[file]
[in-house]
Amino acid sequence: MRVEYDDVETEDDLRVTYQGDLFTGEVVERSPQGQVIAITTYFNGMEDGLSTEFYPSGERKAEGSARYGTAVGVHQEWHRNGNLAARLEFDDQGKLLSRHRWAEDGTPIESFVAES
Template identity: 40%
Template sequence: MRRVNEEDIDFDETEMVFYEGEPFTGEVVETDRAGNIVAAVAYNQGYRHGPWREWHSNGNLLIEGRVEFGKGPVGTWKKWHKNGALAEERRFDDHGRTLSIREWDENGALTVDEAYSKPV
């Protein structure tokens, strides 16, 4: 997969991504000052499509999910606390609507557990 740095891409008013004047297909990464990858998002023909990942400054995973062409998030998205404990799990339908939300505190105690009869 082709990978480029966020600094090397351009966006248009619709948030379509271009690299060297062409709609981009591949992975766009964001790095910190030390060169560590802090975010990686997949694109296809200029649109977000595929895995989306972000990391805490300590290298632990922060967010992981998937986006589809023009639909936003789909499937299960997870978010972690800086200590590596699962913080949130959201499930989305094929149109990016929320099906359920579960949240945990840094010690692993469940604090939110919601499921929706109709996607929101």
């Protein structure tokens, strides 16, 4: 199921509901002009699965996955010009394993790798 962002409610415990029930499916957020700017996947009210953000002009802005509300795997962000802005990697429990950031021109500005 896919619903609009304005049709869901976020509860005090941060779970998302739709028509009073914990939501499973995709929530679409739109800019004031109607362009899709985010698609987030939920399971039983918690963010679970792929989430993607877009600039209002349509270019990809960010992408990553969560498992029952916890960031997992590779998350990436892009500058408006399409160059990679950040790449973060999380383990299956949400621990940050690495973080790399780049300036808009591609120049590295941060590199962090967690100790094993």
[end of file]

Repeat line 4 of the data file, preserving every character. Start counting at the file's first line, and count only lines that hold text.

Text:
Template sequence: MRRVNEEDIDFDETEMVFYEGEPFTGEVVETDRAGNIVAAVAYNQGYRHGPWREWHSNGNLLIEGRVEFGKGPVGTWKKWHKNGALAEERRFDDHGRTLSIREWDENGALTVDEAYSKPV